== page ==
Archbold guard Josh Johnson had seen enough after his team's loss to Cincinnati North College Hill yesterday.
COLUMBUS - They came to see Elvis, but Elvis never even entered the building.
O.J. Mayo, perhaps the most celebrated high school player in the country, was a no-show for yesterday's state tournament semifinal game between Archbold and Mayo's Cincinnati North College Hill team.
A near-capacity crowd stuffed into Value City Arena, anticipating a highlight display from Mayo, but Ohio's two-time Mr. Basketball was "not playing."
Those were the carefully parsed words chosen by North College Hill principal Kelly Hughes to describe his absence.
Hughes said in a written statement released to the media minutes after North College Hill beat Archbold 49-34, that "due to a school matter" she made the decision that Mayo "would not travel with the team or participate in this evening's game."
"I would not term it a suspension," Hughes said earlier in the day, further clouding the issue that had the high school basketball community abuzz in the hours before the game.
"I found out at the hotel," Archbold coach Doug Krauss said. "I have no idea what happened, and there wasn't much I can do about it, but it's too bad. I'm sure it was a tough decision on their part."
On the topic of Mayo, and how thousands of fans did not see the star they came to watch yesterday, North College Hill coach Jamie Mahaffey stuck to the gag order in his postgame comments.
"I just can't say anything, from an administrative standpoint," Mahaffey said. "I know he feels sorry he's not here, but it's something we can't control."
The coach said his best player was back in Cincinnati, and that Mahaffey would not know until sometime tonight if Mayo would be available for the championship game tomorrow afternoon.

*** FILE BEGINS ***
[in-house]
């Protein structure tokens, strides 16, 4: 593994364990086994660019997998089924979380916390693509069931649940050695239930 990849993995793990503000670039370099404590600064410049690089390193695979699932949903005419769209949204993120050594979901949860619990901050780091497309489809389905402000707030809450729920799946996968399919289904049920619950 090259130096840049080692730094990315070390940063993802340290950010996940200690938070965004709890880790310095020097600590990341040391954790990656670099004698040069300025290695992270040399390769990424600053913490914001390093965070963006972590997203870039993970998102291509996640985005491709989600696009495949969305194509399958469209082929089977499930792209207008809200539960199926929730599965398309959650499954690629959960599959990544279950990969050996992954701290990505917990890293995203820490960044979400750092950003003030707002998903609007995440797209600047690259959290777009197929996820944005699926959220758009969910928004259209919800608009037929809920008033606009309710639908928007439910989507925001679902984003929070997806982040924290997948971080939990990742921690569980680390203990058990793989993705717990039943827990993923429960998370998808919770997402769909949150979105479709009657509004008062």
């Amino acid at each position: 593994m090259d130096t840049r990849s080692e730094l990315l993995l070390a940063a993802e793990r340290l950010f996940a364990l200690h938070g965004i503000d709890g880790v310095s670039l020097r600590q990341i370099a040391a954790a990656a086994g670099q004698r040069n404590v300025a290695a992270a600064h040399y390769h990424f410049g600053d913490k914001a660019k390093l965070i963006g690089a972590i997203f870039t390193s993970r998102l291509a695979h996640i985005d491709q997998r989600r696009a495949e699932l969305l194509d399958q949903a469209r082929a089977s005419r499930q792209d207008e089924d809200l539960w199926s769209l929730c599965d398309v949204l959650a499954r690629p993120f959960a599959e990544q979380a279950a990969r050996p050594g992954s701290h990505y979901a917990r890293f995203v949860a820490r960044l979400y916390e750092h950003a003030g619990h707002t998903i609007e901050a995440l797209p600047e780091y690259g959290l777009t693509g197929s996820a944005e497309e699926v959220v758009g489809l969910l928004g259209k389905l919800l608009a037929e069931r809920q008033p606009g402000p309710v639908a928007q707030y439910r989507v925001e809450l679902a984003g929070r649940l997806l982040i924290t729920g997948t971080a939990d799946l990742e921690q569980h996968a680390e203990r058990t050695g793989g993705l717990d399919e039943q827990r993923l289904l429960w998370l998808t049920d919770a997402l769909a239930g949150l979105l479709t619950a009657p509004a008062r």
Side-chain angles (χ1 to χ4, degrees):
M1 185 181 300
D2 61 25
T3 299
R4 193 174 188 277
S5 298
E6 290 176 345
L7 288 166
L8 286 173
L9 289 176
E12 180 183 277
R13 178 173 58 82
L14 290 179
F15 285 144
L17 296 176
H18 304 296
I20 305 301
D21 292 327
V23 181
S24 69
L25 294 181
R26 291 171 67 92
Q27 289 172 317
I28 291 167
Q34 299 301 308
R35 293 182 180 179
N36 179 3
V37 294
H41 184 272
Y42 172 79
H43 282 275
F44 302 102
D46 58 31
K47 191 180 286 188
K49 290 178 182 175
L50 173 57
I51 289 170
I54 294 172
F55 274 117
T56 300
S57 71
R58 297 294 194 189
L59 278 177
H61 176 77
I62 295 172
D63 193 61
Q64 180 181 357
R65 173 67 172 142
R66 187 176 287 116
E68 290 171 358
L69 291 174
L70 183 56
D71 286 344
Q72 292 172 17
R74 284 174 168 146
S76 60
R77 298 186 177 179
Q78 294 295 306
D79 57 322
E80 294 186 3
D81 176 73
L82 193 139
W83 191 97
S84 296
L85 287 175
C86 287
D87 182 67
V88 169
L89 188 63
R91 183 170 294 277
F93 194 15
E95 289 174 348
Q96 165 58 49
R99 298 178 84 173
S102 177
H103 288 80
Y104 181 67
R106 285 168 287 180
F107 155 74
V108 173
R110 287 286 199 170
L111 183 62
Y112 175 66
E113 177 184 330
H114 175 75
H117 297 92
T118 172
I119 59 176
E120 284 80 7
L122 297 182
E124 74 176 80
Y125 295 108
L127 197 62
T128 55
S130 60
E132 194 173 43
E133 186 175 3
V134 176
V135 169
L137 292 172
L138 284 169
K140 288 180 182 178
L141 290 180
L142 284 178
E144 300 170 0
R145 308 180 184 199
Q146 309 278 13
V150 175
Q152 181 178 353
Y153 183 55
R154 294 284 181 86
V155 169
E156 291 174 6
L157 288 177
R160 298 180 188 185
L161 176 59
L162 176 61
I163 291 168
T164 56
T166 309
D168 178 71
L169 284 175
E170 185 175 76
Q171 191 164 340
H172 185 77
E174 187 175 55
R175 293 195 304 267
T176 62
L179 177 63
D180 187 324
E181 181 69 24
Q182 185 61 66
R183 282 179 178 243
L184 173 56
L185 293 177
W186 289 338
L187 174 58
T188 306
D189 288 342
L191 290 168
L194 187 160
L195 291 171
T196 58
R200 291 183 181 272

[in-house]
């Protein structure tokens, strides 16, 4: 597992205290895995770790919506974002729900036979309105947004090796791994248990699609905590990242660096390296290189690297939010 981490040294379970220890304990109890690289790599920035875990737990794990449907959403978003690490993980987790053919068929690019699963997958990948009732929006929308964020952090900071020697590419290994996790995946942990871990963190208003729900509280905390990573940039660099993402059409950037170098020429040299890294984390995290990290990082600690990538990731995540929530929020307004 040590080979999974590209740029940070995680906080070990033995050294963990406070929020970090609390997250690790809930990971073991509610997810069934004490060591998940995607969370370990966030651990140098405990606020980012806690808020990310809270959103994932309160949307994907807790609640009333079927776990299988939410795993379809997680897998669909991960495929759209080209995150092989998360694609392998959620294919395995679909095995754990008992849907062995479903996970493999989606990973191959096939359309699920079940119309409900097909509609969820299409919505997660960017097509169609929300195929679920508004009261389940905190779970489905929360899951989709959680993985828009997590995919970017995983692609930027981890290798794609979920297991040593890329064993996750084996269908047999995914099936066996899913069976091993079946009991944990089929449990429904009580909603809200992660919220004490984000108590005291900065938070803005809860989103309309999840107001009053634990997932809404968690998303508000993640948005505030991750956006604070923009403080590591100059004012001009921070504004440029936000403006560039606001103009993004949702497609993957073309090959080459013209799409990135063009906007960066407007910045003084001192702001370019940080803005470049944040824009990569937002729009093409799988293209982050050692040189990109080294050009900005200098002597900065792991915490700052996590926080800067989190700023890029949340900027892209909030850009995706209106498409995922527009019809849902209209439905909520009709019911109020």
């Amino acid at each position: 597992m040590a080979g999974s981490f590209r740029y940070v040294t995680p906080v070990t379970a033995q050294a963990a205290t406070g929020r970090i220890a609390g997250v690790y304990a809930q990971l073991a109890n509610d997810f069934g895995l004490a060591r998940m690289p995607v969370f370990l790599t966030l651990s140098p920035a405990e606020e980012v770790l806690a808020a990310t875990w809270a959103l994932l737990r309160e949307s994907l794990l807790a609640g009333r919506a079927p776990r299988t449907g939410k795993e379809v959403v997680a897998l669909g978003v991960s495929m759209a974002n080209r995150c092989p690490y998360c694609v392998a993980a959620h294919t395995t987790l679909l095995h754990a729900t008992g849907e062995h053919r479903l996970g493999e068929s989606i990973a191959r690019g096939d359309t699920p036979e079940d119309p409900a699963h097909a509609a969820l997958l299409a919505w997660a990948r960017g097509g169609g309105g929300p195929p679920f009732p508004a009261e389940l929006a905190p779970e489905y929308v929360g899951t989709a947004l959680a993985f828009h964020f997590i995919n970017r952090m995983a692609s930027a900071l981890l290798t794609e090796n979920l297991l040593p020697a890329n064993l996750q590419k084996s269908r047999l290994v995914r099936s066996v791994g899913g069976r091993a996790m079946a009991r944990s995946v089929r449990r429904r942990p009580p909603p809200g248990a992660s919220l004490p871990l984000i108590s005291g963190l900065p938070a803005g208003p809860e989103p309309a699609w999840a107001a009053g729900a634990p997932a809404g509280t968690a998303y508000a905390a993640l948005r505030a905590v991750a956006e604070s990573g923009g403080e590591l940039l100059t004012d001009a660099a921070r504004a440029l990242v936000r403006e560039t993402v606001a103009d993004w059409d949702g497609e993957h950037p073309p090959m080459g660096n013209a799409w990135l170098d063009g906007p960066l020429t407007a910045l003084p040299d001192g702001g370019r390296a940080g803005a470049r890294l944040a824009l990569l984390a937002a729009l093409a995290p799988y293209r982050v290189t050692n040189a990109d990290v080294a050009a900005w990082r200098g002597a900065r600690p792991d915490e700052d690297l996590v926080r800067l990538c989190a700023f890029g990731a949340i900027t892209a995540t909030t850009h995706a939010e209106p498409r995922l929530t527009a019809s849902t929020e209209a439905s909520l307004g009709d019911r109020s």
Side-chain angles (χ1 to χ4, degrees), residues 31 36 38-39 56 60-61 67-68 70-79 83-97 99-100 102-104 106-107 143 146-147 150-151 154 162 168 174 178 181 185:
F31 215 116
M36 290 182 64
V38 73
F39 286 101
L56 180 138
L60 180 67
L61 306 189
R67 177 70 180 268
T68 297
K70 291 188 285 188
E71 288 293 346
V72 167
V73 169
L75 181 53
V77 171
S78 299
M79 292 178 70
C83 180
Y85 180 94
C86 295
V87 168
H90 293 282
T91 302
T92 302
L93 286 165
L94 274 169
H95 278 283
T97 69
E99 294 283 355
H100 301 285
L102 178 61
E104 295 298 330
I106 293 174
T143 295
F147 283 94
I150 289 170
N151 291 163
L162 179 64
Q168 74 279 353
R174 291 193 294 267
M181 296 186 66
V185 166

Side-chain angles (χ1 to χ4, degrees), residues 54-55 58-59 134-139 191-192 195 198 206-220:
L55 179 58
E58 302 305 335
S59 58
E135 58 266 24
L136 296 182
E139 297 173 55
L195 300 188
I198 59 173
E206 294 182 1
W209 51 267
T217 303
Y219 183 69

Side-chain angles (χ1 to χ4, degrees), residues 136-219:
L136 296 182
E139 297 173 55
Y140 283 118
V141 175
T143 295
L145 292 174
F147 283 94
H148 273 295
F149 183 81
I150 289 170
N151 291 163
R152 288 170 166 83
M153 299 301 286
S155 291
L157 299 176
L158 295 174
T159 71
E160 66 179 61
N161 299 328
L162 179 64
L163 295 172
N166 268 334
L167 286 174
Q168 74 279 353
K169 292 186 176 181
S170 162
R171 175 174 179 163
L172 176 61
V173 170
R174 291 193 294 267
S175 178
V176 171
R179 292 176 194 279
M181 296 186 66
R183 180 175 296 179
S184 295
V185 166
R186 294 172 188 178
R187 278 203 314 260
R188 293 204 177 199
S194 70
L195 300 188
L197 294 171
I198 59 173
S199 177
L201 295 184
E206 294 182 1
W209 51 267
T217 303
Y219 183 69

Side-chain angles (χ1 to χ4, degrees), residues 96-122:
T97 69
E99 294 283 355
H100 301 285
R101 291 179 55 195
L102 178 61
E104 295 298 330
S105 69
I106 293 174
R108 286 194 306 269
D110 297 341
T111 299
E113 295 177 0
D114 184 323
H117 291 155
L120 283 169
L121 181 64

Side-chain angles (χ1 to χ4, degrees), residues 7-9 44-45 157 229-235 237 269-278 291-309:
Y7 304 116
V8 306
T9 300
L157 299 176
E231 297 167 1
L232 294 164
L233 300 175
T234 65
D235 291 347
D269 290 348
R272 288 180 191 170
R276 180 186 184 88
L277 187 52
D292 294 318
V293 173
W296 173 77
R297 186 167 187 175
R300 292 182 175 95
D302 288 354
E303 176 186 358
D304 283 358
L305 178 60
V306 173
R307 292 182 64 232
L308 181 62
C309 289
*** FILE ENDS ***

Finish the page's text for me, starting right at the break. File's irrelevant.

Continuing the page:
"We'll know later on tonight, but our backs are strong," Mahaffey said. "We always deal with a lot of controversy and a lot of issues. We tried to overcome it."
Krauss said the missing Mayo had little impact on his team's approach to the game against North College Hill, which also features 6-foot-6 Bill Walker, a projected future NBA player, like Mayo. Walker had 23 points and 13 rebounds, and played as big a role in Archbold's loss as the Streaks' 23 percent shooting did.
"It didn't affect us at all," Krauss said. "You hate to see that, but we didn't change anything. We just needed to knock some shots down, that's all."
Archbold's Gene Goering, an all-state pick as a sophomore this season, said it was clear that North College Hill had other weapons, despite the loss of Mayo.
"It was kind of shocking," Goering said of the news about Mayo, "but you can't worry about it. They still have other great athletes."
Mayo, born Ovinton J'Anthony Mayo in Huntington, W.Va., created his legend by playing high school basketball in nearby Kentucky as a seventh grader at Rose Hill Academy. Rose Hill was 1-33 before Mayo got there, and went a 55-10 in his two seasons there. Mayo, who averaged 23.1 points per game as a seventh grader playing high school ball, had Rose Hill in the state tournament a year later.
Under the care of his grandfather, Dwaine Barnes, Mayo had gone to Kentucky to take advantage of the opportunity to play high school basketball early. Before entering ninth grade, he moved to Cincinnati, where he shares an apartment with his grandfather and uncle just a short walk from the North College Hill gym.
Mayo, a 6-foot-5 junior, averaged 28.8 points a game this season for the Trojans (25-1). North College Hill is the defending state champion in Division III.
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